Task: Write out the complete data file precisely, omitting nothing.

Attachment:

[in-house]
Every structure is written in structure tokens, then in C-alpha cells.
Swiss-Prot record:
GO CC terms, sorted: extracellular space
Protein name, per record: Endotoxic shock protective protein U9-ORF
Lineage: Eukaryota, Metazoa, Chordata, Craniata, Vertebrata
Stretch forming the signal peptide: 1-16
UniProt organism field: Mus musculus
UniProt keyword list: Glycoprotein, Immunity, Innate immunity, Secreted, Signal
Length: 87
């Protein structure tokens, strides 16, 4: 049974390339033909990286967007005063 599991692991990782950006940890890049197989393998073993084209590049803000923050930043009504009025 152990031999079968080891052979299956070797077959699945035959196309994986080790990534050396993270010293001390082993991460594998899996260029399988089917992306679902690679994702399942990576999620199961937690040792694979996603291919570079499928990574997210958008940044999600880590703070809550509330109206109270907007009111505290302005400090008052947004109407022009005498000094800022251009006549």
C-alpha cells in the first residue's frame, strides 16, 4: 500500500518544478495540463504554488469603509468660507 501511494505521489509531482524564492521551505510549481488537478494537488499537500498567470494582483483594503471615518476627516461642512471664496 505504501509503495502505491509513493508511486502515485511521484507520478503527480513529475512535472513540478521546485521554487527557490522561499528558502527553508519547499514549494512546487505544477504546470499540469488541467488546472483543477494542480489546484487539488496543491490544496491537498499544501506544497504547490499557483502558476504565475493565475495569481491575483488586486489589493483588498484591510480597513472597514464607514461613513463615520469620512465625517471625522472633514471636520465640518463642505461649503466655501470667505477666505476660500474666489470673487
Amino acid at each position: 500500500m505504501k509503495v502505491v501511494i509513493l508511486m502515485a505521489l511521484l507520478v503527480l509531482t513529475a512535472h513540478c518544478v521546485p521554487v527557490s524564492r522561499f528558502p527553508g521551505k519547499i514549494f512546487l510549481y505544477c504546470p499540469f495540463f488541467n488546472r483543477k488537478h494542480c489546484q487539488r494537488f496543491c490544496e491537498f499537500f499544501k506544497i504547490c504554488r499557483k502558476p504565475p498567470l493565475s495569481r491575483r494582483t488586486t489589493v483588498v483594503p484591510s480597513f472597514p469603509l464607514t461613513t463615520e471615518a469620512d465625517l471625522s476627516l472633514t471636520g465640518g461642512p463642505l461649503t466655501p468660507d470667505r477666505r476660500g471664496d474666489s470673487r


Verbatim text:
[in-house]
Every structure is written in structure tokens, then in C-alpha cells.
Swiss-Prot record:
GO CC terms, sorted: extracellular space
Protein name, per record: Endotoxic shock protective protein U9-ORF
Lineage: Eukaryota, Metazoa, Chordata, Craniata, Vertebrata
Stretch forming the signal peptide: 1-16
UniProt organism field: Mus musculus
UniProt keyword list: Glycoprotein, Immunity, Innate immunity, Secreted, Signal
Length: 87
């Protein structure tokens, strides 16, 4: 049974390339033909990286967007005063 599991692991990782950006940890890049197989393998073993084209590049803000923050930043009504009025 152990031999079968080891052979299956070797077959699945035959196309994986080790990534050396993270010293001390082993991460594998899996260029399988089917992306679902690679994702399942990576999620199961937690040792694979996603291919570079499928990574997210958008940044999600880590703070809550509330109206109270907007009111505290302005400090008052947004109407022009005498000094800022251009006549």
C-alpha cells in the first residue's frame, strides 16, 4: 500500500518544478495540463504554488469603509468660507 501511494505521489509531482524564492521551505510549481488537478494537488499537500498567470494582483483594503471615518476627516461642512471664496 505504501509503495502505491509513493508511486502515485511521484507520478503527480513529475512535472513540478521546485521554487527557490522561499528558502527553508519547499514549494512546487505544477504546470499540469488541467488546472483543477494542480489546484487539488496543491490544496491537498499544501506544497504547490499557483502558476504565475493565475495569481491575483488586486489589493483588498484591510480597513472597514464607514461613513463615520469620512465625517471625522472633514471636520465640518463642505461649503466655501470667505477666505476660500474666489470673487
Amino acid at each position: 500500500m505504501k509503495v502505491v501511494i509513493l508511486m502515485a505521489l511521484l507520478v503527480l509531482t513529475a512535472h513540478c518544478v521546485p521554487v527557490s524564492r522561499f528558502p527553508g521551505k519547499i514549494f512546487l510549481y505544477c504546470p499540469f495540463f488541467n488546472r483543477k488537478h494542480c489546484q487539488r494537488f496543491c490544496e491537498f499537500f499544501k506544497i504547490c504554488r499557483k502558476p504565475p498567470l493565475s495569481r491575483r494582483t488586486t489589493v483588498v483594503p484591510s480597513f472597514p469603509l464607514t461613513t463615520e471615518a469620512d465625517l471625522s476627516l472633514t471636520g465640518g461642512p463642505l461649503t466655501p468660507d470667505r477666505r476660500g471664496d474666489s470673487r